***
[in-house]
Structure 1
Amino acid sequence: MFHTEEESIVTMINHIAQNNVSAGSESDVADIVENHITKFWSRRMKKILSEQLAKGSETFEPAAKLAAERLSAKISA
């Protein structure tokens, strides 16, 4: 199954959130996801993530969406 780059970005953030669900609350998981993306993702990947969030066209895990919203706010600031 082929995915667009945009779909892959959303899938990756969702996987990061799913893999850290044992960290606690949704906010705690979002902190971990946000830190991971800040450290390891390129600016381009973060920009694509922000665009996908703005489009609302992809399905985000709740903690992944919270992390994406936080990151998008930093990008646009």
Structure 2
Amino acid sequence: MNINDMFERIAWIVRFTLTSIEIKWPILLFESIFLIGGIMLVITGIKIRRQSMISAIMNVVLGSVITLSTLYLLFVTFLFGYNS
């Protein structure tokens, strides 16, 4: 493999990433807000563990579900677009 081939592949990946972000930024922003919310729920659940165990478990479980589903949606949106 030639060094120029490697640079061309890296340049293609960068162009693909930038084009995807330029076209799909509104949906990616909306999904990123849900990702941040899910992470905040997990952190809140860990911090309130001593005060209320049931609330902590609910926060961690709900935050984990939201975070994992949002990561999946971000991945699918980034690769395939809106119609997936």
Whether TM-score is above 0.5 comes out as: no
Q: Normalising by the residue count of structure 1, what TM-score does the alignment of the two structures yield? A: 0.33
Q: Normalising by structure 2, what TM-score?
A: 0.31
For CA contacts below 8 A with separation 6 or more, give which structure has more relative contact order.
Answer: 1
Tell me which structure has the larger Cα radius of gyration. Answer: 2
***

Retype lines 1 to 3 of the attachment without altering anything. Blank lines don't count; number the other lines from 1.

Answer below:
[in-house]
Structure 1
Amino acid sequence: MFHTEEESIVTMINHIAQNNVSAGSESDVADIVENHITKFWSRRMKKILSEQLAKGSETFEPAAKLAAERLSAKISA